Search

My Other Blog

What's a Wreck?

A Cake Wreck is any cake that is unintentionally sad, silly, creepy, inappropriate - you name it. A Wreck is not necessarily a poorly-made cake; it's simply one I find funny, for any of a number of reasons. Anyone who has ever smeared frosting on a baked good has made a Wreck at one time or another, so I'm not here to vilify decorators: Cake Wrecks is just about finding the funny in unexpected, sugar-filled places.

Now, don't you have a photo you want to send me? ;)

- Jen
Wednesday
Apr212010

Let Me Continue to Count the Ways

Yesterday I promised you more ridiculous/creative misspellings of the word "birthday."

Which probably has you wondering, "Just how much more ridiculous can it get? It's a simple word! Sure, you might forget a letter, or switch a few up, but that's it, right?"

[shaking head] Oh, ye of little faith.

SHA-POW!!

Does that really say "Happy Birdholq?"

Why yes, yes it does.

And note how the 'q' was added on later, as if that somehow fixed the problem.

Sometimes you can tell just by looking at a cake the exact moment when the decorator got distracted and had to take a break.

Maybe the "p" triggered certain sprinkle cravings, if you catch my drift.

This may not be a huge error, but it's definitely one of the most fun to read out loud. Bipthday. It trips drunkenly off the tongue, don't you think?

Of course, there's the momentary distraction, and then there's this:


I love imagining what happened between the "t" and the "L." Some kind of digestive emergency? A phone order? Or was it just break time?

Speaking of imagination, you'll need yours to decipher this next one:

I'm guessing that's either "Binday" or "Benday."

Regardless, Edgar must be one really colorful character.

This next one isn't so much switching letters around as it is playing word jumble with them:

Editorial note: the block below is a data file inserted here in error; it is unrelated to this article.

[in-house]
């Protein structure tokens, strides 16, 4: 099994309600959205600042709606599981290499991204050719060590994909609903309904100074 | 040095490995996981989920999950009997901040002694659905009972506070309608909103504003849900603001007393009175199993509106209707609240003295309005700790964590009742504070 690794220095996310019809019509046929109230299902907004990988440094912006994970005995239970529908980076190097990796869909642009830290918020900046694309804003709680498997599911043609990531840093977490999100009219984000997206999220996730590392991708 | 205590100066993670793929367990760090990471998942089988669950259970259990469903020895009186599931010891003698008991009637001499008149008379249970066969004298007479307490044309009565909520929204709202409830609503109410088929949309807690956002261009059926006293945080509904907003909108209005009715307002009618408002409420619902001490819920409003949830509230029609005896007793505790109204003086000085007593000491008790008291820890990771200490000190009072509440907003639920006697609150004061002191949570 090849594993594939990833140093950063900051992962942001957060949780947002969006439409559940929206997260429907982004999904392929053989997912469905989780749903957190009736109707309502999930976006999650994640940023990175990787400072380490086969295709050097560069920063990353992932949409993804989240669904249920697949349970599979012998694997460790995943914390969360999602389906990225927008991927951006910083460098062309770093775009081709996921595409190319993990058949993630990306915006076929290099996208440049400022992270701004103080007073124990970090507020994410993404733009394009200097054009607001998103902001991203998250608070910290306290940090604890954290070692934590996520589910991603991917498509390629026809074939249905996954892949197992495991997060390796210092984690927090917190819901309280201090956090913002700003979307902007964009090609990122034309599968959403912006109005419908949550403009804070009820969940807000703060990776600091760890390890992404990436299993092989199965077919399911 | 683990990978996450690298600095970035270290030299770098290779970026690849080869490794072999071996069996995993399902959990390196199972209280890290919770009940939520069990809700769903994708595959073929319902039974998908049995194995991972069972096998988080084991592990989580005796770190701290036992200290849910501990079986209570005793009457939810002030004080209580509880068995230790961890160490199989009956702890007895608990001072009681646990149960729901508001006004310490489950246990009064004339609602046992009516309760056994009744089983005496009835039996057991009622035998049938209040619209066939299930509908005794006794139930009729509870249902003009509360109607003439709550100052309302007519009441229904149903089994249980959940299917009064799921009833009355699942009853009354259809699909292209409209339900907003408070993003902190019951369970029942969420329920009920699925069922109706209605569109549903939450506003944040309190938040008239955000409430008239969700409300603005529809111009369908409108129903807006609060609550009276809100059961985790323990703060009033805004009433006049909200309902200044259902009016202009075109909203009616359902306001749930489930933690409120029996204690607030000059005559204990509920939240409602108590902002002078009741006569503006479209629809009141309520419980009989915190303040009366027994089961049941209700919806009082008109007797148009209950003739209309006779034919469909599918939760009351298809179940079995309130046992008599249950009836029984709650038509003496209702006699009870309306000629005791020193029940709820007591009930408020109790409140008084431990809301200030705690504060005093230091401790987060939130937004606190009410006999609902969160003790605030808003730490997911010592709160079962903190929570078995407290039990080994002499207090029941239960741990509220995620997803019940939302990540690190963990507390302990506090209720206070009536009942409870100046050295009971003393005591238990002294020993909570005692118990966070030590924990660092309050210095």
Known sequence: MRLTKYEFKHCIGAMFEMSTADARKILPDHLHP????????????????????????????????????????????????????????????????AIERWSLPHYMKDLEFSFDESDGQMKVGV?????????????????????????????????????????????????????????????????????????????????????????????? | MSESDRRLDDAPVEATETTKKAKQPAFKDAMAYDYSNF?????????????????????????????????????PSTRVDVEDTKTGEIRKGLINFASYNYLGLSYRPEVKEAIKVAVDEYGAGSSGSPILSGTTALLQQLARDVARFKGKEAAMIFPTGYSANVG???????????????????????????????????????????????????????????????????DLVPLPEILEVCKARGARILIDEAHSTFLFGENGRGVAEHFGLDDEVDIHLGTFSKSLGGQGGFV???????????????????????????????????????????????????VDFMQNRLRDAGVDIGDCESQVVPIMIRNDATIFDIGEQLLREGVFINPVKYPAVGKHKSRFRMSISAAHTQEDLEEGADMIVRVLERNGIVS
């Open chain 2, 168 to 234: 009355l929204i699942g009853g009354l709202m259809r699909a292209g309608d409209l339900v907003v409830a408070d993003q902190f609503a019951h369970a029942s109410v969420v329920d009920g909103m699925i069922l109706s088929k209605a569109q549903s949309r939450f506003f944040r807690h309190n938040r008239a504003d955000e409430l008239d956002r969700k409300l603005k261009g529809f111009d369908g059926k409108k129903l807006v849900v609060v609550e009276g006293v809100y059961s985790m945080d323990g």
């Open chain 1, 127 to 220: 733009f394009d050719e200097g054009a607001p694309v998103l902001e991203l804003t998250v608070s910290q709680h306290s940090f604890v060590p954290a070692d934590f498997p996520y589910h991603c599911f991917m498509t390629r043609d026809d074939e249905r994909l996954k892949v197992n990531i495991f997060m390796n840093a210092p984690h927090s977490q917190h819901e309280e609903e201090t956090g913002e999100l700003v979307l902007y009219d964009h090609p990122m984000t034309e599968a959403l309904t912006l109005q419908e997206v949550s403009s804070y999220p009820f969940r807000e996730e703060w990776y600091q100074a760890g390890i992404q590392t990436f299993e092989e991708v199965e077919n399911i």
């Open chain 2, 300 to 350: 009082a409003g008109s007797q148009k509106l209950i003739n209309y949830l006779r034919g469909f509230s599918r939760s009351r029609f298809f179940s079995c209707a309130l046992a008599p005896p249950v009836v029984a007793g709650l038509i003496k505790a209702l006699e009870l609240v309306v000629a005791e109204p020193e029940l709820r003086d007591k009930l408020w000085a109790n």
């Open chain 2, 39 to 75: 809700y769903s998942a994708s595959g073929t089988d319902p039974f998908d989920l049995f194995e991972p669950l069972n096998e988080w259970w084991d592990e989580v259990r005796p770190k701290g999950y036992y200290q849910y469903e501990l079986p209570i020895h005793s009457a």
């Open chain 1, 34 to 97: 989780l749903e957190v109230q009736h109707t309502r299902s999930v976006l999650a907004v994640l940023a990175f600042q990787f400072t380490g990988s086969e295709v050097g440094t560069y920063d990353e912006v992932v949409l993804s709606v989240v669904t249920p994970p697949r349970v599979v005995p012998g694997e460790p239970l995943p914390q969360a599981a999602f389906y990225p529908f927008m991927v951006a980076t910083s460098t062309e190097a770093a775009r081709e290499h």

"Birdthay?" Sounds flighty to me.

Here's one for the 1920's gangster in all of us:

"Boithday" - Now there's an offer you can't refuse.

This is why you don't order a cake when you have a cold:

You know, 'cuz that's how you say it when your nose is stuffed up? Yes? No?

And finally, what could very well be my new favorite (narrowly edging out "epi burf day"):


Happy Barthy.

Not just "Barthy," mind you: it's "Barthy, period." No exclamation points, no dashes: just period. Yeah. Put that little pine branch on your number 4 candle and smoke it.

Bill F., Ashley J., Bev, Teresa V., Cassie P., Hannah W., & Lester H., great job. Period.

- Related Wreckage: Cake Writing 201: Congratulations

Note: For those of you keeping count, that's 18 different misspellings of "birthday" so far. Eighteen. Parents, if you have a new baby in the house, this could even be your yearly checklist. Just sayin'.

« The Day the Spaceship Earth Stood Still | Main | Let Me Count the Ways »

Reader Comments (132)

i feel like "boithday" actually reads "birthday" but smooshed up thanks to the awkward cursive lettering.

April 22, 2010 | Unregistered Commenterflibbertigibbet.

I believe that it is always the thought that counts!

April 22, 2010 | Unregistered Commenterbaby cribs

The first one made me laugh so I actually snorted. HAPPY BIRDHOLE! bahahaha!

April 22, 2010 | Unregistered CommenterAmanda

That last one made me think of that episode of the office in which Dwight hangs a sign that says "It is your birthday."

April 22, 2010 | Unregistered CommenterBeccah

Edgar's looks like "Happy Burday" to me.

So... Any misspellings of "Happy" yet?

April 22, 2010 | Unregistered CommenterAnonymous

For the "Birsday" cake, I heard it in my grandmother's voice. She still has a thick Hungarian accent even after ~60 years in America.

April 22, 2010 | Unregistered CommenterAriel